Not industry by industry, but my question really is, that I’d like to turn this to, is a stay.

You heard what I asked.

Justice Stephen Breyer

I mean, you know, 750 million new cases yesterday or close to that is a lot. I don’t mean to be facetious. But that’s why I said I would find it, you know, unbelievable that it could be in the public interest to suddenly stop these vaccinations.

And the only answer that was given was a lot of people will quit. Well, OSHA considered that.

My wonderful law clerk has 61475, 63422, 61466, 61 474 and 475, those are pages.

I don’t think you should read all 61,000, but, nonetheless, there are at least five or 10 pages where they went into this, and they said, in our view, hmm, yeah, that’s right, some people may quit, maybe 3 percent.

But more may quit when they discover they have to work together with unvaccinated others because that means they may get the disease.

Okay? And more will quit because they’ll be — maybe die or maybe they’ll be in the hospital or maybe they’ll be sick and have to stay home for two weeks.

So they did the pros and cons. So I’d like to take Justice Kagan’s questions, which I think I share on the merits, and just ask you, are you asking us both still to issue a stay today, tomorrow, Monday, and why, if you are?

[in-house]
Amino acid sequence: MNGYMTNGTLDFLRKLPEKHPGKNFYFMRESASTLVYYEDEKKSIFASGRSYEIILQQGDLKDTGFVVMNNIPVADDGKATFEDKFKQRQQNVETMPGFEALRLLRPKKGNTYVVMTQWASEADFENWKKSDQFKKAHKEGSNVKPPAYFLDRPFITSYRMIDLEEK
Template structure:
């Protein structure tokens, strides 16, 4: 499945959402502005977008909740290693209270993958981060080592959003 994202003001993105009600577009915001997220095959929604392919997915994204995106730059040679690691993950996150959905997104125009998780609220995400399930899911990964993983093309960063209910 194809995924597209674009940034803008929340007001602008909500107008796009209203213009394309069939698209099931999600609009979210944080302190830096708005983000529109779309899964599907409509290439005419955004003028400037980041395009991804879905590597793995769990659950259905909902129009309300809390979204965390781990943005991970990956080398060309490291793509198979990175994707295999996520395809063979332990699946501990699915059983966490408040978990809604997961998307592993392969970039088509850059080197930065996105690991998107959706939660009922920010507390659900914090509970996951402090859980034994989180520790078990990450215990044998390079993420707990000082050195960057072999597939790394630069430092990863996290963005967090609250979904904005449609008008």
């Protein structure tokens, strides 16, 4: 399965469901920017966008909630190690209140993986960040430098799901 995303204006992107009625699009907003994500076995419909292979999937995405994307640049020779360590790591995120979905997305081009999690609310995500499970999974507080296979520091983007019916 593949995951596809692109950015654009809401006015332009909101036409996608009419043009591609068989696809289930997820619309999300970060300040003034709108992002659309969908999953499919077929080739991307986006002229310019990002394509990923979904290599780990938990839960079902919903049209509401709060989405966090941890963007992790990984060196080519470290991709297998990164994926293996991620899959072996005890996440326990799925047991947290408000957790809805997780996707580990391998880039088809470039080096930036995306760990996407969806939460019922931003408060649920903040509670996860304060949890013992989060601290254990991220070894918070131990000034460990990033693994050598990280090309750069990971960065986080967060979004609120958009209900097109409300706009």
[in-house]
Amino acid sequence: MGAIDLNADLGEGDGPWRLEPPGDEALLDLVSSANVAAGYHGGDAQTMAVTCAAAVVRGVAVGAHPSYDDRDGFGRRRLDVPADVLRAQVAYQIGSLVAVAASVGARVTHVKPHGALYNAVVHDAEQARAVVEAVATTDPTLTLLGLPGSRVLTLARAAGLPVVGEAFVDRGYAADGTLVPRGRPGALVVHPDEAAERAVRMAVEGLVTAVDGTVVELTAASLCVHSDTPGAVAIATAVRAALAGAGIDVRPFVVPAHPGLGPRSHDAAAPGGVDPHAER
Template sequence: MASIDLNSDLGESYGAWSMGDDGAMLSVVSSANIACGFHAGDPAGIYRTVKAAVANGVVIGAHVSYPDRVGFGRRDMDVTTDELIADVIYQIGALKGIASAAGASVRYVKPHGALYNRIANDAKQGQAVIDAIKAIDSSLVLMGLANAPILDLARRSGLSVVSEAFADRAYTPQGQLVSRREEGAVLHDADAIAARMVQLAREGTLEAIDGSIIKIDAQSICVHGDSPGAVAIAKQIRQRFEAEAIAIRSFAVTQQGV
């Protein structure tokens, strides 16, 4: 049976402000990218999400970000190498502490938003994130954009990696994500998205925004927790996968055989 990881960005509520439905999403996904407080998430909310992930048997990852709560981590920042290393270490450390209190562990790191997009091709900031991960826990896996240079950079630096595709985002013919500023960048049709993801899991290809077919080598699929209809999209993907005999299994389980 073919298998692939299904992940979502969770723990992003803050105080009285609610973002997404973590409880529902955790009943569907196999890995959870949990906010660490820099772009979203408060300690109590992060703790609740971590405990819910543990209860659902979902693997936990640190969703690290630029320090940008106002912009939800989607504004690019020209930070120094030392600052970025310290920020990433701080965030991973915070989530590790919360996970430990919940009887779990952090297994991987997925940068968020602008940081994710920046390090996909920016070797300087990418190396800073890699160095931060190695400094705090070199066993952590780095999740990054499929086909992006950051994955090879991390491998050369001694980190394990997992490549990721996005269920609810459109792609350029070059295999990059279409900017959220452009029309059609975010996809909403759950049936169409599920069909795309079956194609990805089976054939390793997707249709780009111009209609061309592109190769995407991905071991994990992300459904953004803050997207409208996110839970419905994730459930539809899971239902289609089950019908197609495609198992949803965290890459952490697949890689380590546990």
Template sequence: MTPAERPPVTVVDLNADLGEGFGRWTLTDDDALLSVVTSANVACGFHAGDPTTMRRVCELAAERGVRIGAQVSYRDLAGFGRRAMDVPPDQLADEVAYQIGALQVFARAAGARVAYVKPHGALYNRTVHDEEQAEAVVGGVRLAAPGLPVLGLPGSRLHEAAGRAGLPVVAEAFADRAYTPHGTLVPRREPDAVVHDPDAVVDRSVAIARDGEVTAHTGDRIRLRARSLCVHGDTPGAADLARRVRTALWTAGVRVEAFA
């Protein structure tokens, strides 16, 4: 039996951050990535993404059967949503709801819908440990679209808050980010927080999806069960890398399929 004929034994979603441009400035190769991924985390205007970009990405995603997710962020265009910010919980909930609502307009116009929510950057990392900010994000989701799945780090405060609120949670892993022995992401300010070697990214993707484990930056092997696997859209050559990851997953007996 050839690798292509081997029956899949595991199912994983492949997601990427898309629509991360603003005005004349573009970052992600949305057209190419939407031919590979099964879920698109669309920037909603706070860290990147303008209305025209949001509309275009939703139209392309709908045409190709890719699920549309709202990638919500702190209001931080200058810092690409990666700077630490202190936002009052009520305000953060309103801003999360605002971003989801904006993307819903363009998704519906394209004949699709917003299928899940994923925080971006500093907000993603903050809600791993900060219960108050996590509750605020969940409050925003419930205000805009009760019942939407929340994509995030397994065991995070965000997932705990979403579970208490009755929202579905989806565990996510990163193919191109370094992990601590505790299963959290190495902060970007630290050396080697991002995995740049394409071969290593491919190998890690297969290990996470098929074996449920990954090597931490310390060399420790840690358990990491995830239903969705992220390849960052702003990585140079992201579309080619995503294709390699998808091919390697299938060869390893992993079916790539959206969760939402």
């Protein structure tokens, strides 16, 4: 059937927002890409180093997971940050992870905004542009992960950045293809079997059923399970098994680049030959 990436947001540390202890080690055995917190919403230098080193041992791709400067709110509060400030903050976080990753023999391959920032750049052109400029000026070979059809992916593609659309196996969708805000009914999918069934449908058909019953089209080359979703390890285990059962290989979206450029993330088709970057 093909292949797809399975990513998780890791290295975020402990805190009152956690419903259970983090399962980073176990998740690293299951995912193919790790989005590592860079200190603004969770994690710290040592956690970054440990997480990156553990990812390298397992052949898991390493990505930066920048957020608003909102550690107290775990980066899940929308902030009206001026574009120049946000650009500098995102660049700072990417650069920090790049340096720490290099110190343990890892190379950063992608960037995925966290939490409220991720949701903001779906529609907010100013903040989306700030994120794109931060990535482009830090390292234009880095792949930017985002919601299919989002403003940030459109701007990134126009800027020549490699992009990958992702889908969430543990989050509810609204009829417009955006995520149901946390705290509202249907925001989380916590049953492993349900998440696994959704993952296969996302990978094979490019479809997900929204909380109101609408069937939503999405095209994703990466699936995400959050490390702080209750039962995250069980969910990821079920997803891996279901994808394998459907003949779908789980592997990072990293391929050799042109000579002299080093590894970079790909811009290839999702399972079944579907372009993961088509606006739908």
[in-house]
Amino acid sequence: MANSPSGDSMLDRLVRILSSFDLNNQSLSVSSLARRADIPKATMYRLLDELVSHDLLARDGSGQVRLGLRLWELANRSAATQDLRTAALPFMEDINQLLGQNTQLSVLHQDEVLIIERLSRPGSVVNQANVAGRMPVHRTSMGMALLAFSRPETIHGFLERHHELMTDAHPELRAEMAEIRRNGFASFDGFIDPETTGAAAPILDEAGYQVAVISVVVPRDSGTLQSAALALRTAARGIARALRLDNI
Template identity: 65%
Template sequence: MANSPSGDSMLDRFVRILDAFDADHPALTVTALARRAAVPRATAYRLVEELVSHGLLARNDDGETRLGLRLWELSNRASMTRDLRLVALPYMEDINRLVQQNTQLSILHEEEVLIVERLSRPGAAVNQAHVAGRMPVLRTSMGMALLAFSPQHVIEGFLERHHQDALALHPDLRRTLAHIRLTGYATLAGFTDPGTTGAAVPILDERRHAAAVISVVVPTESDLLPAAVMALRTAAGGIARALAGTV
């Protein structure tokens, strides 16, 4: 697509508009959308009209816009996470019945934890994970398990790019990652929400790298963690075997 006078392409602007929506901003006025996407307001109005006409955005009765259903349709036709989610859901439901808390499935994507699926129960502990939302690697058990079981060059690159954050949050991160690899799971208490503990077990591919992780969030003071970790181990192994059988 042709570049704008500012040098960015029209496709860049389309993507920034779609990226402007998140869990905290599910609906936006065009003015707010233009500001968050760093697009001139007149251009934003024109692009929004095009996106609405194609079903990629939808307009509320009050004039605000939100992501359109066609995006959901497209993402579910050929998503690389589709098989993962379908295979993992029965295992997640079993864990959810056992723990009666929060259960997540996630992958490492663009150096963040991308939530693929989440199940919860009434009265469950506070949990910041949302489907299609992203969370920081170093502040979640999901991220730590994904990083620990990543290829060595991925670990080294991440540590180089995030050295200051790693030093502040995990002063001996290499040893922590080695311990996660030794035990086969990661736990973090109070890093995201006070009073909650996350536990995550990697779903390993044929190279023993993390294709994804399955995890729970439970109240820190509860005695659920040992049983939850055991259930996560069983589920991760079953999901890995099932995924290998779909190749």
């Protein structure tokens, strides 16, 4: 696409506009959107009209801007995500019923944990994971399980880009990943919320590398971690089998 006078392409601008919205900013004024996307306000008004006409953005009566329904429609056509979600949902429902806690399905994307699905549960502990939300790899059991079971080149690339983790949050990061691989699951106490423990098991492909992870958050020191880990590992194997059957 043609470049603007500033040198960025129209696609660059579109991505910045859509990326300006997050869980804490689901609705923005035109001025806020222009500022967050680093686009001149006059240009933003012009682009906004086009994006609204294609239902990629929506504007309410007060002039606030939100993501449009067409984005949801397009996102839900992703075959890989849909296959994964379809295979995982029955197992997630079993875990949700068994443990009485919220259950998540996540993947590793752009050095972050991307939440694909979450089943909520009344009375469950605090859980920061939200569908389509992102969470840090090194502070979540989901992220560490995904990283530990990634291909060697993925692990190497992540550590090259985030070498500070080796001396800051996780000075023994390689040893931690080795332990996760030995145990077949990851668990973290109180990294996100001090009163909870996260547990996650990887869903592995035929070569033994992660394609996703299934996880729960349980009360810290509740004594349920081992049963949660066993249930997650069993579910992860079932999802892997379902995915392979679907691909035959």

It’s also worth noting, that while many painted this as a vaccine mandate, there was the option to wear a mask, if one chose not to vaccinate, making it not a mandate.

During the argument from OSHA, Justice Roberts expressed concern that the president is essentially side-stepping congressional action, by getting government agencies to regulate on multiple fronts. He didn’t mention the president directly, so that’s just my interpretation of it.

Justice John Roberts

The point being, congress passes laws, agencies pass regulations. Getting congress to pass a law is a bitch. But if the president wants an agency, or in this case, multiple agencies to create a regulation, which essentially carries the same weight as a law, they just tell them to do fucking do it or get canned. In so doing, it’s basically the president making law, instead of congress.

Justice Alito, also looking for some distinction between this, and other previous OSHA actions asked this:

On the issue of whether you’re trying to squeeze an elephant into a mouse hole and the question of whether this is fundamentally different from anything that OSHA has ever done before, I want to see if it might be fundamentally different in at least two respects and get your answer to the question. Most OSHA regulations, all of the ones with which I’m familiar, affect employees when they are on the job but not when they are not on the job.

And this affects employees all the time.

If you’re vaccinated while you’re on the job, you’re vaccinated when you’re not on the job. Isn’t this different from anything OSHA has done before in that respect?

Justice Samuel Alito
Counsel was quick to correct Justice Alito, that there is a mask option, making it not a permanent action, necessarily.

While Justice Alito went out of his way to agree that the vaccines were safe and effective, he wanted to address that there is some level of risk in a vaccine. So one contention he raised, was asking whether OSHA had imposed any other rules where the person was asked to do something that carried with it additional risk.